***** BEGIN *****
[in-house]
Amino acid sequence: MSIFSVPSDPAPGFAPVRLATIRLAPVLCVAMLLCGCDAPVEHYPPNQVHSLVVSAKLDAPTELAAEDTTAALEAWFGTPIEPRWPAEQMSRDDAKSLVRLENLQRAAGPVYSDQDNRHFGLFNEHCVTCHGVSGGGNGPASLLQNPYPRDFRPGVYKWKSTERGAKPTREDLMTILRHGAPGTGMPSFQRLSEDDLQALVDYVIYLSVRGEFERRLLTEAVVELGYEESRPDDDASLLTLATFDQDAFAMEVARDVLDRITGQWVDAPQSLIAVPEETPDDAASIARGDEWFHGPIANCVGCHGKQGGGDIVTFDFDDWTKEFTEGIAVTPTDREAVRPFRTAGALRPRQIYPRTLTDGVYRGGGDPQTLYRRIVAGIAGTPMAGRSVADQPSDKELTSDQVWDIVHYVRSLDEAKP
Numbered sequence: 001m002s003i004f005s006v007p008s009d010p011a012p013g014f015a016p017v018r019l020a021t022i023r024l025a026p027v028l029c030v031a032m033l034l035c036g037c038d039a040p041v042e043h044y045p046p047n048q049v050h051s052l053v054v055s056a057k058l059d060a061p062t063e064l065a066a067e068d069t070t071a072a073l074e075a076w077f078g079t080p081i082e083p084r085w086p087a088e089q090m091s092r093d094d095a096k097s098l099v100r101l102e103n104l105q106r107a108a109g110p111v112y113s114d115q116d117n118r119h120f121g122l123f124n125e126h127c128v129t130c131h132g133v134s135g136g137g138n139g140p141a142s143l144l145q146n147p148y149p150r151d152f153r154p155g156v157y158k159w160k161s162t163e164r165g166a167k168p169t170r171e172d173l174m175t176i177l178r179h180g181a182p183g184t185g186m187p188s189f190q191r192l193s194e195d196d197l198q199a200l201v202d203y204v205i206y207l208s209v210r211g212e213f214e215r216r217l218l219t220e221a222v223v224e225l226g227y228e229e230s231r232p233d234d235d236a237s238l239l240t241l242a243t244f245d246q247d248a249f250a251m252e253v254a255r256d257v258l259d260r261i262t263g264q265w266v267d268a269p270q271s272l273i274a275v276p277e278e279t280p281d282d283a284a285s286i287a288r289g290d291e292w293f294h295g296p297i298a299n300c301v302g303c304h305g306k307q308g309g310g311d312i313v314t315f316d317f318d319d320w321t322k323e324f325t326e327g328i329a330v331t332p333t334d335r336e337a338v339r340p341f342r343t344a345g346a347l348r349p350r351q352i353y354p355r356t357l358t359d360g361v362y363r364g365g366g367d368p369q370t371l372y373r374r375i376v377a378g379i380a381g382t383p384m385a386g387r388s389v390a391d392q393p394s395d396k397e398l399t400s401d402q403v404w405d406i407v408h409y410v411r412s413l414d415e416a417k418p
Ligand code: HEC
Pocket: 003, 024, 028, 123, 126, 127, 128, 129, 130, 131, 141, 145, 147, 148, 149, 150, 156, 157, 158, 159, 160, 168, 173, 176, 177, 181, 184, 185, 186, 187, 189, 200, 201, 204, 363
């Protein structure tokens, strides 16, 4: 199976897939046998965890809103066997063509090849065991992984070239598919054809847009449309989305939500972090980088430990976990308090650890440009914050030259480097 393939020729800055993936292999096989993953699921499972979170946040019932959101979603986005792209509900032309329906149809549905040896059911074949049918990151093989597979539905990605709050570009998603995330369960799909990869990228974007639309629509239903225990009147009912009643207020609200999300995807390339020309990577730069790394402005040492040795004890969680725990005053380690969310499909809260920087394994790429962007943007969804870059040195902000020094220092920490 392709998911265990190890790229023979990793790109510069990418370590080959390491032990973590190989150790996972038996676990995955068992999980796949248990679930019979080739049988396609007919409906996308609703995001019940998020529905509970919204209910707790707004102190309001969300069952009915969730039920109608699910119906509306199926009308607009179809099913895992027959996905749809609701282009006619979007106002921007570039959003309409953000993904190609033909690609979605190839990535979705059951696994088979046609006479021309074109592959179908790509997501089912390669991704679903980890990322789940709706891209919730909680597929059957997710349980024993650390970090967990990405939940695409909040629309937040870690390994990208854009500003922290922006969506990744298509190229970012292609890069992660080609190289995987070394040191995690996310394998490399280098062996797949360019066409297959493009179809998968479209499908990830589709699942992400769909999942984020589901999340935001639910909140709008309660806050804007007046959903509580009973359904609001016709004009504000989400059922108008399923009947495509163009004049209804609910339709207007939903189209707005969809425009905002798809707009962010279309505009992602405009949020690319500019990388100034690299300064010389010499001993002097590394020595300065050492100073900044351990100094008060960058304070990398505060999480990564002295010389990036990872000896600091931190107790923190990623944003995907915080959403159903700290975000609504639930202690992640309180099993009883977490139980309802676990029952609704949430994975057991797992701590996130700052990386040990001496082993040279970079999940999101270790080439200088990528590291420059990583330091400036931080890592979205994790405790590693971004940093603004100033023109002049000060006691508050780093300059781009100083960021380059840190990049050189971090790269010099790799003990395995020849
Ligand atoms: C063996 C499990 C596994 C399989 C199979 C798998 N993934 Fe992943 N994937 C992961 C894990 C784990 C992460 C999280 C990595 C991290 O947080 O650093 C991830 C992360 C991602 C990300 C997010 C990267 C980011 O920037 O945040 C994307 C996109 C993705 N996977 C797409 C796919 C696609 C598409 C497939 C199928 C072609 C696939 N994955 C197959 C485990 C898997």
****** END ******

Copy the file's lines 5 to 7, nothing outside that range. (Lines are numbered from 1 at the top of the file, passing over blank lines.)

Pocket: 003, 024, 028, 123, 126, 127, 128, 129, 130, 131, 141, 145, 147, 148, 149, 150, 156, 157, 158, 159, 160, 168, 173, 176, 177, 181, 184, 185, 186, 187, 189, 200, 201, 204, 363
């Protein structure tokens, strides 16, 4: 199976897939046998965890809103066997063509090849065991992984070239598919054809847009449309989305939500972090980088430990976990308090650890440009914050030259480097 393939020729800055993936292999096989993953699921499972979170946040019932959101979603986005792209509900032309329906149809549905040896059911074949049918990151093989597979539905990605709050570009998603995330369960799909990869990228974007639309629509239903225990009147009912009643207020609200999300995807390339020309990577730069790394402005040492040795004890969680725990005053380690969310499909809260920087394994790429962007943007969804870059040195902000020094220092920490 392709998911265990190890790229023979990793790109510069990418370590080959390491032990973590190989150790996972038996676990995955068992999980796949248990679930019979080739049988396609007919409906996308609703995001019940998020529905509970919204209910707790707004102190309001969300069952009915969730039920109608699910119906509306199926009308607009179809099913895992027959996905749809609701282009006619979007106002921007570039959003309409953000993904190609033909690609979605190839990535979705059951696994088979046609006479021309074109592959179908790509997501089912390669991704679903980890990322789940709706891209919730909680597929059957997710349980024993650390970090967990990405939940695409909040629309937040870690390994990208854009500003922290922006969506990744298509190229970012292609890069992660080609190289995987070394040191995690996310394998490399280098062996797949360019066409297959493009179809998968479209499908990830589709699942992400769909999942984020589901999340935001639910909140709008309660806050804007007046959903509580009973359904609001016709004009504000989400059922108008399923009947495509163009004049209804609910339709207007939903189209707005969809425009905002798809707009962010279309505009992602405009949020690319500019990388100034690299300064010389010499001993002097590394020595300065050492100073900044351990100094008060960058304070990398505060999480990564002295010389990036990872000896600091931190107790923190990623944003995907915080959403159903700290975000609504639930202690992640309180099993009883977490139980309802676990029952609704949430994975057991797992701590996130700052990386040990001496082993040279970079999940999101270790080439200088990528590291420059990583330091400036931080890592979205994790405790590693971004940093603004100033023109002049000060006691508050780093300059781009100083960021380059840190990049050189971090790269010099790799003990395995020849
Ligand atoms: C063996 C499990 C596994 C399989 C199979 C798998 N993934 Fe992943 N994937 C992961 C894990 C784990 C992460 C999280 C990595 C991290 O947080 O650093 C991830 C992360 C991602 C990300 C997010 C990267 C980011 O920037 O945040 C994307 C996109 C993705 N996977 C797409 C796919 C696609 C598409 C497939 C199928 C072609 C696939 N994955 C197959 C485990 C898997």